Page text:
- Marek Vavrovic

# SQL Server - Subquery short overview

Updated: Mar 8

Many Transact-SQL statements that include subqueries can be alternatively formulated as joins. There are several ways you can categorize subqueries:

- by the number of results they return

-whether they’re correlated (linked to the outer query)

-or where they’re used within a DML statement.

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SQL Server allow three types of subqueries:

1. Single Row subquery: Subquery returns only one row

2. Multiple Row subquery: Subquery returns multiple rows

3. Multiple column subquery: Subquery returns multiple columns.

Correlated subquery: subquery is dependent on outer query and can not be executed independently.

Noncorrelated subquery: subquery is not dependent on outer query. Can be executed as independent SQL code.

First example is about noncorrelated subquery. Inner code can be run separately. You can add a subquery to a SELECT clause as a column expression in the SELECT list. The subquery must return a scalar (single) value for each row returned by the outer query.

SELECT ProductName, ProductPrice

FROM AW_Products

WHERE ProductPrice < (SELECT AVG(ProductPrice) AS ProductPrice

FROM AW_Products

WHERE ProductSubcategoryKey = 2)

AND ProductSubcategoryKey = 2

Well in this case we’ve got 26 rows affected out of 43. AVG function returned 1529.64. SQL Server has traditionally shied away from providing native solutions to some of the more common statistical questions, such as calculating a median. According to Wikipedia, median is described as the numerical value separating the higher half of a sample, a population, or a probability distribution, from the lower half. I’m pretty sure we could get more accurate value with another simple noncorrelated subquery:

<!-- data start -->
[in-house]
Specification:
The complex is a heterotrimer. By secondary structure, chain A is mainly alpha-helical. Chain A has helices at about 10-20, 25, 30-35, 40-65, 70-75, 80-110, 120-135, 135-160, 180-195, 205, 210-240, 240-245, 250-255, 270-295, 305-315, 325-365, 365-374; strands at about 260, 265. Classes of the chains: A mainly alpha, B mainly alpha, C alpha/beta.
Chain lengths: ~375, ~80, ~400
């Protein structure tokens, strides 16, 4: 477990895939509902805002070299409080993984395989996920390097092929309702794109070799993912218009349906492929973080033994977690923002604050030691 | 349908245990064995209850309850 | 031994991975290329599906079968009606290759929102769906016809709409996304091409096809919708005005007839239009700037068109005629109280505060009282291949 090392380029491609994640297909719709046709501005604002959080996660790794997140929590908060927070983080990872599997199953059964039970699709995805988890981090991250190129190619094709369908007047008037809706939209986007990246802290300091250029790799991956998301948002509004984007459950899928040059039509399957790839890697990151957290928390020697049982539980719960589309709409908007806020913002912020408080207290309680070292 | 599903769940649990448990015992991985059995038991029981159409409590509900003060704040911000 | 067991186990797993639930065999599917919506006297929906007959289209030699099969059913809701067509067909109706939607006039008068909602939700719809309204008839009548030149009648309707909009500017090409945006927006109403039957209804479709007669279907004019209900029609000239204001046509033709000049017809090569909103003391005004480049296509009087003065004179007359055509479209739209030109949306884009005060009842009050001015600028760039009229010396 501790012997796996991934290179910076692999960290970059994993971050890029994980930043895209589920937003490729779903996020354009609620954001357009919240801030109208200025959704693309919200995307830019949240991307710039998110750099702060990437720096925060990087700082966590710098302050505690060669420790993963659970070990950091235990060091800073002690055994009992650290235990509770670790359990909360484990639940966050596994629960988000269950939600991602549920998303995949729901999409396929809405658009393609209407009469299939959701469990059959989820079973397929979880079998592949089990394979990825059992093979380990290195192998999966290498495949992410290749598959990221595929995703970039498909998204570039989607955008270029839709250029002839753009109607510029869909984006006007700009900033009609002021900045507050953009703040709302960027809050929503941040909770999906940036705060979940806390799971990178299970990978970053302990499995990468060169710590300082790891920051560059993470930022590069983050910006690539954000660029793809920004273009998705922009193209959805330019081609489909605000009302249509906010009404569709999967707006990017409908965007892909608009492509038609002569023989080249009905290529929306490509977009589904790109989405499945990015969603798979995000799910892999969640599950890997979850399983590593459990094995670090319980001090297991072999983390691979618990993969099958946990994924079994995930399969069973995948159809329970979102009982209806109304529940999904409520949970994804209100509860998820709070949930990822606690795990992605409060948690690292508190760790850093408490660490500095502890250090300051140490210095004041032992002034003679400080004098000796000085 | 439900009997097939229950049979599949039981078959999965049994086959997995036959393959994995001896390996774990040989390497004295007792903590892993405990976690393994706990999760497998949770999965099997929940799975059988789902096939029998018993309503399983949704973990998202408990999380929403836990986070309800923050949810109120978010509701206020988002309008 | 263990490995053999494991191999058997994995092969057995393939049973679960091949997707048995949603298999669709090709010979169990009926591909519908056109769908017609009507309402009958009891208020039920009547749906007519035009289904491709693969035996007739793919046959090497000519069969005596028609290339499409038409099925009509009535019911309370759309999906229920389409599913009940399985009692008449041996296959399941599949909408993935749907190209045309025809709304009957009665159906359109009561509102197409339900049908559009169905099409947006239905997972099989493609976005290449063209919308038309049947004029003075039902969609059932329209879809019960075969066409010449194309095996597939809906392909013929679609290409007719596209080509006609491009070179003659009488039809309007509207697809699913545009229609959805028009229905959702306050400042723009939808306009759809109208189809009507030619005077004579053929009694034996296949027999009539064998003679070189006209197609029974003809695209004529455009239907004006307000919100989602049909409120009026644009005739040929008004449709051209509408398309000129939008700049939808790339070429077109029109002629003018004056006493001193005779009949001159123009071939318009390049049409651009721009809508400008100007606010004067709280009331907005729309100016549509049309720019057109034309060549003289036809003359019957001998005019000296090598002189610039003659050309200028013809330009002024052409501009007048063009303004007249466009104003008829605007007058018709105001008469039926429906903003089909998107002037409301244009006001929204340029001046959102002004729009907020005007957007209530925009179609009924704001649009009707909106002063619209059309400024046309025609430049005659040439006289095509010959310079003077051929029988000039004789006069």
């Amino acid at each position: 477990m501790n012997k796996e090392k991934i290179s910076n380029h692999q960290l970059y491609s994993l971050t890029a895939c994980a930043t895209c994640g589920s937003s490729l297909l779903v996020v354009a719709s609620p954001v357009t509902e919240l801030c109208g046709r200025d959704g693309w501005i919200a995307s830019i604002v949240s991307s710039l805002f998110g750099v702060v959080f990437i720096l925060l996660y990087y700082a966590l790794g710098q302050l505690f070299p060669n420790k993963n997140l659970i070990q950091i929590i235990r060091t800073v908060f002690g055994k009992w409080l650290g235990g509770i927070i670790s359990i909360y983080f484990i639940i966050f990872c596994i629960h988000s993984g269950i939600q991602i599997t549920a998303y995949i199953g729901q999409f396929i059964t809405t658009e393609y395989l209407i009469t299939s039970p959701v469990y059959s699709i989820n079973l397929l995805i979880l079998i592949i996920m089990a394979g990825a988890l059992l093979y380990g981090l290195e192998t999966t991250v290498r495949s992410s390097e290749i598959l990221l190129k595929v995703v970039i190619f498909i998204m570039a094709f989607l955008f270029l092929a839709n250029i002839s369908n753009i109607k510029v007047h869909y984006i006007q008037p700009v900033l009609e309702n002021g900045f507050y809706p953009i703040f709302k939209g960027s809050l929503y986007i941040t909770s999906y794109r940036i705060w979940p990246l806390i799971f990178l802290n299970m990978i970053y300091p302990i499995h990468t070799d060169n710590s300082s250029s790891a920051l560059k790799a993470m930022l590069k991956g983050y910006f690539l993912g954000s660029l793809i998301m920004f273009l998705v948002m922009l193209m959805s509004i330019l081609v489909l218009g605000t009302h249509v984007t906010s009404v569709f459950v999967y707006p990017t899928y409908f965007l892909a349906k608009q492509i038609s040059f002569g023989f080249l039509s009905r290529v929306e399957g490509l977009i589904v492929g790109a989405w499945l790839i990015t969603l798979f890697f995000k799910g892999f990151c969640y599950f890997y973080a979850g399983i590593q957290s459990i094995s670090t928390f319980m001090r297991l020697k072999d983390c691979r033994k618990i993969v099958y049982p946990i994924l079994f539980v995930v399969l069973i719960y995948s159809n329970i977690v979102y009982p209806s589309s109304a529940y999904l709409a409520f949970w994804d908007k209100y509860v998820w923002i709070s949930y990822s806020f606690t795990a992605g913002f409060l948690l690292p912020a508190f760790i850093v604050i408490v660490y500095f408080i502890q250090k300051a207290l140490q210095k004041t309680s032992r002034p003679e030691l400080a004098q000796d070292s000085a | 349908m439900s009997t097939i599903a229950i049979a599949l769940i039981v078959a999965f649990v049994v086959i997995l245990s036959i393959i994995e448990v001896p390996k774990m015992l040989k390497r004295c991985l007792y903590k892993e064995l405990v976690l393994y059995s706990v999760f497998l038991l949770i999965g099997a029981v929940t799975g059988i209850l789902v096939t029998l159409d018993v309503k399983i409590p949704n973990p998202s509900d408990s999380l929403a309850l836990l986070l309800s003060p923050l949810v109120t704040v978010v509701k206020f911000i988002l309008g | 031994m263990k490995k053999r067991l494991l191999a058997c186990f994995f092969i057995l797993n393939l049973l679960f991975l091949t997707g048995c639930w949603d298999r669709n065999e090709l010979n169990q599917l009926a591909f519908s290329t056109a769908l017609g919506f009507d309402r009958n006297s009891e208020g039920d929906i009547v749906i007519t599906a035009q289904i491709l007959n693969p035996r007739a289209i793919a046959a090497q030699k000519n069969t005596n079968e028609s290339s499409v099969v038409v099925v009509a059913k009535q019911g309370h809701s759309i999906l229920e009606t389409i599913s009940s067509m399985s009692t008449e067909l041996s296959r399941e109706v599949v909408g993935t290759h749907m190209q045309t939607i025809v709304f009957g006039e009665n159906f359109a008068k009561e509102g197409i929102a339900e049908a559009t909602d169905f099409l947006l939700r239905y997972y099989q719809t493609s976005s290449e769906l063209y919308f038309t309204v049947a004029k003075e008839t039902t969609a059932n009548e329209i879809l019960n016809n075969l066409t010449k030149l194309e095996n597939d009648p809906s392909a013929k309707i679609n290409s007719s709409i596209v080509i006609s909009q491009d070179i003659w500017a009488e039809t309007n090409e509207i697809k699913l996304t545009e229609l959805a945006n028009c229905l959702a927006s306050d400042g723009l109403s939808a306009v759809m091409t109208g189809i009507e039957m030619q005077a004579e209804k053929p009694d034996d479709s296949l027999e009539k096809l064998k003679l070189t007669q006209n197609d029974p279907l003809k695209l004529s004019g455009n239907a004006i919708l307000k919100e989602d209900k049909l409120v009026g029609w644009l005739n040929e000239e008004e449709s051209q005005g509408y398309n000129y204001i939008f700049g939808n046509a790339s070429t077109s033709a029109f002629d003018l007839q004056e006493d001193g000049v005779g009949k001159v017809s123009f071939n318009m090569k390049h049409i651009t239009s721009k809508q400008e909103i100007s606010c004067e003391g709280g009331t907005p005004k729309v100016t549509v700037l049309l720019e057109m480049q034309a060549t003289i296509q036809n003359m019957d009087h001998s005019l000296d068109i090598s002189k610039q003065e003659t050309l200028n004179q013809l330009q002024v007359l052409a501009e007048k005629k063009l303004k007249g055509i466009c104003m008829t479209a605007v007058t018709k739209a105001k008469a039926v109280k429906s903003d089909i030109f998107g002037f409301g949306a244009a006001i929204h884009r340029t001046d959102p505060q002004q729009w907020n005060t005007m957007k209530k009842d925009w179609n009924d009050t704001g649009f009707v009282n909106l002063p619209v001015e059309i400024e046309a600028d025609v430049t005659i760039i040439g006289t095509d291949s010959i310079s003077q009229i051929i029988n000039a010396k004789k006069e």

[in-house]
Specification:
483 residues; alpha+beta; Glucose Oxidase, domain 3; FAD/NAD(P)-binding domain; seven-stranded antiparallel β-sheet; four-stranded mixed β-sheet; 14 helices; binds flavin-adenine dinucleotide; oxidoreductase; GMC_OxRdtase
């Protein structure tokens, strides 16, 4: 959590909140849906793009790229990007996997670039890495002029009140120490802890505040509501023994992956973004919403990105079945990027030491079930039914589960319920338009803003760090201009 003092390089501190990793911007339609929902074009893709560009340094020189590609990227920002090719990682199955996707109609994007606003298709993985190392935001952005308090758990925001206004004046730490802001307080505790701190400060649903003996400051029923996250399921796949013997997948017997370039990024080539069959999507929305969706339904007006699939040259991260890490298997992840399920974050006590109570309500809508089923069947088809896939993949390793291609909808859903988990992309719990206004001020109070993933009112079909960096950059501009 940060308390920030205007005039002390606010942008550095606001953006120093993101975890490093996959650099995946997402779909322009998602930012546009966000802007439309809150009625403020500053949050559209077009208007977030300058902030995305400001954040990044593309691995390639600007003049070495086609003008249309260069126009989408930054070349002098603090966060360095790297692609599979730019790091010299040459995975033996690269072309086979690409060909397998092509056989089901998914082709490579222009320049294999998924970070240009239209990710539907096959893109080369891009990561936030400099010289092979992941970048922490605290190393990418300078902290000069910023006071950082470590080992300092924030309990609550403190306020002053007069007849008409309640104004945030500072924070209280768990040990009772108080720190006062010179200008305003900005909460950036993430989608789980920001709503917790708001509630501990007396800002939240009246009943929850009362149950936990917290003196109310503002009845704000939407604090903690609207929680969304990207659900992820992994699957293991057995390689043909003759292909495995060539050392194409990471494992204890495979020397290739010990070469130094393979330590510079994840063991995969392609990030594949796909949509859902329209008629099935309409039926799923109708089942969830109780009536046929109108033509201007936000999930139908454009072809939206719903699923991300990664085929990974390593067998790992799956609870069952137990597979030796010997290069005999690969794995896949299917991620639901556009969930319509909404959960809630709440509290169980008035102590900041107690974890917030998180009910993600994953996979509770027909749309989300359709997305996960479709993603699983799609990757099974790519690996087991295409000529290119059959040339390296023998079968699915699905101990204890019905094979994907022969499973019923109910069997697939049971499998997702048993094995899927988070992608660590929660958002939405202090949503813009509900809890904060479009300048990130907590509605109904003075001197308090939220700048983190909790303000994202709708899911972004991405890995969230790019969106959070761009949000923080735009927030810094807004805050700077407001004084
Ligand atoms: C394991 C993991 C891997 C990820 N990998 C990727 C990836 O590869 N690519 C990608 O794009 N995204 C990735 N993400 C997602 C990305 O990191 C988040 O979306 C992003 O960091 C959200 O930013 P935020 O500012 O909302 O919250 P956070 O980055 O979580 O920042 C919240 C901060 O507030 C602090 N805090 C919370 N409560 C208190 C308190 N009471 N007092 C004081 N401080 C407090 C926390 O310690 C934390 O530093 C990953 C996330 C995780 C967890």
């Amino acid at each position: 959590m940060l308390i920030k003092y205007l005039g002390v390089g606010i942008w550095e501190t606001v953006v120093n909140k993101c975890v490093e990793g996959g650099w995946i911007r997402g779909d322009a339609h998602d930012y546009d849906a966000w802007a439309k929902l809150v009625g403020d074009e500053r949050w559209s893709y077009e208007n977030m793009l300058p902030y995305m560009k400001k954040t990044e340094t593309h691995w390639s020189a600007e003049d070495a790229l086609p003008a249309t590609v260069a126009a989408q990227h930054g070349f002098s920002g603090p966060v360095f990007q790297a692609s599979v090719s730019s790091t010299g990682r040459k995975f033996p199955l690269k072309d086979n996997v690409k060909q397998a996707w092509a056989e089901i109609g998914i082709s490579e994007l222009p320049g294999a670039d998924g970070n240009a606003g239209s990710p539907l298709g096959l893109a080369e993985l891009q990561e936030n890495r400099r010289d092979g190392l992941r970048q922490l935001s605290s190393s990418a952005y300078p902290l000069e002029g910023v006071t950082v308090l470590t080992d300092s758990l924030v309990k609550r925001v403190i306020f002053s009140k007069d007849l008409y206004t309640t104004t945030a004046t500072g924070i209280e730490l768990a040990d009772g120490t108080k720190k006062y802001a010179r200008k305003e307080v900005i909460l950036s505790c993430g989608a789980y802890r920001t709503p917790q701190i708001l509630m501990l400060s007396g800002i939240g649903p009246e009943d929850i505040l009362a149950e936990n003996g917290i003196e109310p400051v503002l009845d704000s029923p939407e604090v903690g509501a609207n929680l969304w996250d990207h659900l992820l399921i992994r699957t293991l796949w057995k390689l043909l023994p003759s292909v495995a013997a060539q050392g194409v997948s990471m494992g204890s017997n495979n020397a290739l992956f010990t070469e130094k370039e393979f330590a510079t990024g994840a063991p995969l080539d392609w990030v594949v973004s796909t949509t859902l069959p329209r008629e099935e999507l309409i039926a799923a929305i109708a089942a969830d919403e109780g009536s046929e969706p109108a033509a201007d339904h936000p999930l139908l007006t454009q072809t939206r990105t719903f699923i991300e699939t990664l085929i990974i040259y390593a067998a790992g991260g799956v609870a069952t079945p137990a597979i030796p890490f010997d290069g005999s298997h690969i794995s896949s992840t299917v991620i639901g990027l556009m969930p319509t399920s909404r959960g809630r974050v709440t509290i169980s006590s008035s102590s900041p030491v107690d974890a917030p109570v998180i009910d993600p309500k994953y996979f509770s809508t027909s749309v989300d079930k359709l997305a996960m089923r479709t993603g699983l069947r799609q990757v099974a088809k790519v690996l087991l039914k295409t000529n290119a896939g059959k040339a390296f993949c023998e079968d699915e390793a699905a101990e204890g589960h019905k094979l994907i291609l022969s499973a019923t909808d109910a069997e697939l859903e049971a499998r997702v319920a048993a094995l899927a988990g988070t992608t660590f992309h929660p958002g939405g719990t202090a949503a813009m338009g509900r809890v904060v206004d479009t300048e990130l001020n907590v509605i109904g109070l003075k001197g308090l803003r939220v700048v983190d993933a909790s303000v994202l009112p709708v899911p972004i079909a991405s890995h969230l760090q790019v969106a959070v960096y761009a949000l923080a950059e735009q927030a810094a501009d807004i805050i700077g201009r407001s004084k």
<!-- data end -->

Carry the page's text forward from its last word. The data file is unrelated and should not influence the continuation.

SELECT ProductName, ProductPrice

FROM AW_Products

WHERE ProductPrice >

(

SELECT x.ProductPrice

FROM

(

SELECT ProductPrice,

Count(1) OVER (partition BY 'A') AS TotalRows,

Row_number() OVER (ORDER BY ProductPrice ASC) AS ProductPrice2

FROM AW_Products p

WHERE ProductSubcategoryKey = 2

) x

WHERE x.ProductPrice2 = (x.TotalRows+1)/2)

AND ProductSubcategoryKey = 2

Now we got median = 1457.99 and 21 values are less than median and 17 are greater than median. 5 values are exactly 1457.99. These values weren’t displayed with > or < operator. I have used (x.TotalRows+1) / 2) formula because the sample of data is an odd number .

Correlated Subqueries cannot be executed independently of the outer query. If the subquery depends on the outer query for its values, then that sub query is called as a correlated subquery.

SELECT

ProductName,

ProductPrice,

(

SELECT ISNULL(SUM(OrderQuantity),0) OrderQuantityTotal

FROM AW_Sales

WHERE ProductKey=AW_Products.ProductKey

) AS OrdersTotal

FROM AW_Products

WHERE ProductSubcategoryKey = 2

One difference in using a join rather than a subquery for this and similar problems is that the join lets you show columns from more than one table in the result.

SELECT p.ProductName,

p.ModelName,

P.ProductPrice,

(

SELECT SUM(OrderQuantity) x

FROM AW_Sales

WHERE ProductKey=p.ProductKey

) AS OrdersTotal

FROM AW_Products p

LEFT JOIN AW_Sales S

ON p.ProductKey = s.ProductKey

WHERE ProductSubcategoryKey = 2

GROUP BY p.ProductName, p.ModelName, P.ProductPrice,p.ProductKey